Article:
So dynamically I am very pleased. The fit and finish of the car is just something I am not use to. Aside from our 2007 Outback XT, I have never been another Subaru as good put tighter as this Golf. Is it the end all be all of interiors. Of course not. My comparison is to the WRX and STI. The buttons on the dash are plastic, and guess what they feel like plastic. But they push with a nice feedback. The knobs are solid and turn well. The seats. Well there has never been a seat in any Subaru sold in this country since 1999 with seats nearly as good as the ones in this car. Period. Even my old 2002 WRX seats with the great bolsters are nothing compared to the feel and fit of these seats. I love them. The steering wheel is good. The flat bottom nature of it that so many other reviewers seems to like, to me makes absolutely no difference at all. Somebody else can brag about it. Moving on we get to something I like to call intangibles. The Germans have been building this car for so long that they have figured out how to use the space so efficiently. There are so many nice little touches everywhere in the cabin. Nets, configurable cargo holders, 12 volt and 110 volt outlets, lights where you want them, knobs where you want them. All the surfaces of the car that your hands touch are beautiful and refined and feel addictively tactile. The doors open and close with a great thud. And going up and down driveways the car feels like a block of granite.
The Dynaudio stereo is the best thing I have ever heard in a car. Crisp highs and deep bass you can feel. I am not much of a car stereo guy, but I notice extremely good (VW) or extremely bad systems (Subaru). I love hearing my music on this. Naturally it has all the blue tooth stuff and MDI cable stuff and you can control everything through the steering wheel, blah blah. You guys know how it works, and this is exactly like most other cars. It took 2 mintues from the time I got in the car to have my iphone 4 configured and paired. That was nice.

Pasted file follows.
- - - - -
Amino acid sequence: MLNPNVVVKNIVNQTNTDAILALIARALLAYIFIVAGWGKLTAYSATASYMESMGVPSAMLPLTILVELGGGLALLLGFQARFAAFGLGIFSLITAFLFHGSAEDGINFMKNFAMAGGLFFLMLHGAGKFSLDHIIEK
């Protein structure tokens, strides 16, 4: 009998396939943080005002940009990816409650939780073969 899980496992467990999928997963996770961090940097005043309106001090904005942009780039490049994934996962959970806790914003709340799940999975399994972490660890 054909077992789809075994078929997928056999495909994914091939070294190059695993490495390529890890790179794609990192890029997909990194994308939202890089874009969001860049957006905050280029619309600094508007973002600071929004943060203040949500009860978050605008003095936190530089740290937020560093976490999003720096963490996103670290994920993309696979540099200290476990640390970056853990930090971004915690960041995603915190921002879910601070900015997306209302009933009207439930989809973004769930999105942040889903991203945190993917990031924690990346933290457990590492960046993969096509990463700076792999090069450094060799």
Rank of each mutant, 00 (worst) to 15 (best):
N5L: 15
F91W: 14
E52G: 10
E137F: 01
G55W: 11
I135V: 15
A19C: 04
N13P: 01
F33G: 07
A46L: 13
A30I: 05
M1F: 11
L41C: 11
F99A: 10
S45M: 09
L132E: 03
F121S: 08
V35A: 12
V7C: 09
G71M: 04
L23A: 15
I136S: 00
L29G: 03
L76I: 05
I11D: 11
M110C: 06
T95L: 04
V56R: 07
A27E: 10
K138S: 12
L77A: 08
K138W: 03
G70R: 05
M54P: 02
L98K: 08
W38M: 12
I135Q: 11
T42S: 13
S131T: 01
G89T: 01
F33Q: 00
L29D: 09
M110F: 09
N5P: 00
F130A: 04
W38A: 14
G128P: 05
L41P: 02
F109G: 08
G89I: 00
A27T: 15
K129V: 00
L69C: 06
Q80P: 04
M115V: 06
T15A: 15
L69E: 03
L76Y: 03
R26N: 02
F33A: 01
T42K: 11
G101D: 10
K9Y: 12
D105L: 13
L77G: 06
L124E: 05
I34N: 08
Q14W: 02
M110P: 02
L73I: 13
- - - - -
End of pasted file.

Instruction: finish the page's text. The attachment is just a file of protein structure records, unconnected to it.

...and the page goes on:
The US configured Golf R’s do not have homelink, which I overlooked when I bought it. I just figured it would have it. Nope, seems like a silly omission, especially since it is standard on European golf R’s.
Okay now you can obviously see I am happy with this car. What would I change? I would add homelink to the car and maybe I would make the center console storage a bit bigger. But so far that is about it. This car is so much fun to drive and it is so willing to rev it urges you to find a reason to get behind the wheel and go for a spin.
My original question to myself, is can a die hard Subaru guy love a VW? Let’s say I am ‘in like’ with the VW right now, but I can see this could be a long term relationship. The car is just plain great. I do think I could come to love it (pending a rash of mechanical and electrical breakdowns naturally).
So I do believe that EVO had it right. Once you go refined it is hard to go back, nearly impossible actually. I think the Golf R is what the next WRX should be. Subies are slow to add content, and I respect them for it. Reliability comes first, and that is a smart move. But I desired more content than Subaru could offer, and paying big money for a raw car is not a market that is going to grow.